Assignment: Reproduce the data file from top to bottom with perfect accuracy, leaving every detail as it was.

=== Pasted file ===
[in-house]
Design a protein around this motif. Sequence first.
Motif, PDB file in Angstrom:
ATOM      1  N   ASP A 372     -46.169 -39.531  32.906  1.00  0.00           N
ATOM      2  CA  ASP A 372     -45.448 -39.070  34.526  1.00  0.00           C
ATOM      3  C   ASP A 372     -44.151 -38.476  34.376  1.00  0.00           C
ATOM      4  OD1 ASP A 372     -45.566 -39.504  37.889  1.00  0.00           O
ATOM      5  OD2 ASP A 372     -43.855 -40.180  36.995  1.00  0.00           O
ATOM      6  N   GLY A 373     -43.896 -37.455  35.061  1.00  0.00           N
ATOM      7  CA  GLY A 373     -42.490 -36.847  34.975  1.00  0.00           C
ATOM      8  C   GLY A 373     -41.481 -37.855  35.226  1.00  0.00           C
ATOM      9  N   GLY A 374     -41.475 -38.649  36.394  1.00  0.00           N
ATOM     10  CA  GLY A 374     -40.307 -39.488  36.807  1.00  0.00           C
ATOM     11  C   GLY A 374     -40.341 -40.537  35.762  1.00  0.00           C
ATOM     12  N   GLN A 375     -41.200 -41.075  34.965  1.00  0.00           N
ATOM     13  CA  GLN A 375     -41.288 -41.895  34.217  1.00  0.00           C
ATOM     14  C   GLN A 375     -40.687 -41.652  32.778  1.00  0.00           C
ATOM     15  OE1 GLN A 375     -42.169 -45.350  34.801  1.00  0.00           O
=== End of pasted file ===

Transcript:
[in-house]
Design a protein around this motif. Sequence first.
Motif, PDB file in Angstrom:
ATOM      1  N   ASP A 372     -46.169 -39.531  32.906  1.00  0.00           N
ATOM      2  CA  ASP A 372     -45.448 -39.070  34.526  1.00  0.00           C
ATOM      3  C   ASP A 372     -44.151 -38.476  34.376  1.00  0.00           C
ATOM      4  OD1 ASP A 372     -45.566 -39.504  37.889  1.00  0.00           O
ATOM      5  OD2 ASP A 372     -43.855 -40.180  36.995  1.00  0.00           O
ATOM      6  N   GLY A 373     -43.896 -37.455  35.061  1.00  0.00           N
ATOM      7  CA  GLY A 373     -42.490 -36.847  34.975  1.00  0.00           C
ATOM      8  C   GLY A 373     -41.481 -37.855  35.226  1.00  0.00           C
ATOM      9  N   GLY A 374     -41.475 -38.649  36.394  1.00  0.00           N
ATOM     10  CA  GLY A 374     -40.307 -39.488  36.807  1.00  0.00           C
ATOM     11  C   GLY A 374     -40.341 -40.537  35.762  1.00  0.00           C
ATOM     12  N   GLN A 375     -41.200 -41.075  34.965  1.00  0.00           N
ATOM     13  CA  GLN A 375     -41.288 -41.895  34.217  1.00  0.00           C
ATOM     14  C   GLN A 375     -40.687 -41.652  32.778  1.00  0.00           C
ATOM     15  OE1 GLN A 375     -42.169 -45.350  34.801  1.00  0.00           O